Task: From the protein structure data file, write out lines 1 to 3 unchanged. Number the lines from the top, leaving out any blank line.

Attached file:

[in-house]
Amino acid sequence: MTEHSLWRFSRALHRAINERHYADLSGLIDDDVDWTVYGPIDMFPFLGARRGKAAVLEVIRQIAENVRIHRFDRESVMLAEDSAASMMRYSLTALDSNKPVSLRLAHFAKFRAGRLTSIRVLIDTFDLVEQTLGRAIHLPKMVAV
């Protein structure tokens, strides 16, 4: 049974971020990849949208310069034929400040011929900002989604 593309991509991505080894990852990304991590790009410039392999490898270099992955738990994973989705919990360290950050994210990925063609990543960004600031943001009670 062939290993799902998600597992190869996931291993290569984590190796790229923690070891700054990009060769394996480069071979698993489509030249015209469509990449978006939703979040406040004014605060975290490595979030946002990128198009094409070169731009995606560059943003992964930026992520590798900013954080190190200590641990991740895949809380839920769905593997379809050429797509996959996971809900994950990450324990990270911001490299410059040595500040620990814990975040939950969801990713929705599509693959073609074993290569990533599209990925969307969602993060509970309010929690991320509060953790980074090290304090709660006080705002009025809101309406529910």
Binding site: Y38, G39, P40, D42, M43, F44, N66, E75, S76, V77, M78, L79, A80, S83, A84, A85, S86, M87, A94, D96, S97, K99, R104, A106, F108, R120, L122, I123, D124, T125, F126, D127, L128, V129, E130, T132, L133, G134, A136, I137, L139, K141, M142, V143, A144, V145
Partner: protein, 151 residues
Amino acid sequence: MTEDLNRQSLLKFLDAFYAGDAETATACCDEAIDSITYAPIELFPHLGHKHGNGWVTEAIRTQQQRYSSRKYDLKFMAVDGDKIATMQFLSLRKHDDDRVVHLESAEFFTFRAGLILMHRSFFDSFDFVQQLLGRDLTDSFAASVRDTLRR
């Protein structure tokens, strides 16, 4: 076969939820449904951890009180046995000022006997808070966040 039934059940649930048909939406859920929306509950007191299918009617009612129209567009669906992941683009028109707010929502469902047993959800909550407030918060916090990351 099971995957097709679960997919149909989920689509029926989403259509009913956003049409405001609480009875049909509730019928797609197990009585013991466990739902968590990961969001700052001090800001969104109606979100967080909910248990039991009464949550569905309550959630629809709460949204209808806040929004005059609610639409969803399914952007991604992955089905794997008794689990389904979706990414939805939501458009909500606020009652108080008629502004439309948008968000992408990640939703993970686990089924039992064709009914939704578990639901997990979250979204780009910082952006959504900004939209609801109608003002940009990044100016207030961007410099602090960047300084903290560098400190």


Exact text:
[in-house]
Amino acid sequence: MTEHSLWRFSRALHRAINERHYADLSGLIDDDVDWTVYGPIDMFPFLGARRGKAAVLEVIRQIAENVRIHRFDRESVMLAEDSAASMMRYSLTALDSNKPVSLRLAHFAKFRAGRLTSIRVLIDTFDLVEQTLGRAIHLPKMVAV
């Protein structure tokens, strides 16, 4: 049974971020990849949208310069034929400040011929900002989604 593309991509991505080894990852990304991590790009410039392999490898270099992955738990994973989705919990360290950050994210990925063609990543960004600031943001009670 062939290993799902998600597992190869996931291993290569984590190796790229923690070891700054990009060769394996480069071979698993489509030249015209469509990449978006939703979040406040004014605060975290490595979030946002990128198009094409070169731009995606560059943003992964930026992520590798900013954080190190200590641990991740895949809380839920769905593997379809050429797509996959996971809900994950990450324990990270911001490299410059040595500040620990814990975040939950969801990713929705599509693959073609074993290569990533599209990925969307969602993060509970309010929690991320509060953790980074090290304090709660006080705002009025809101309406529910």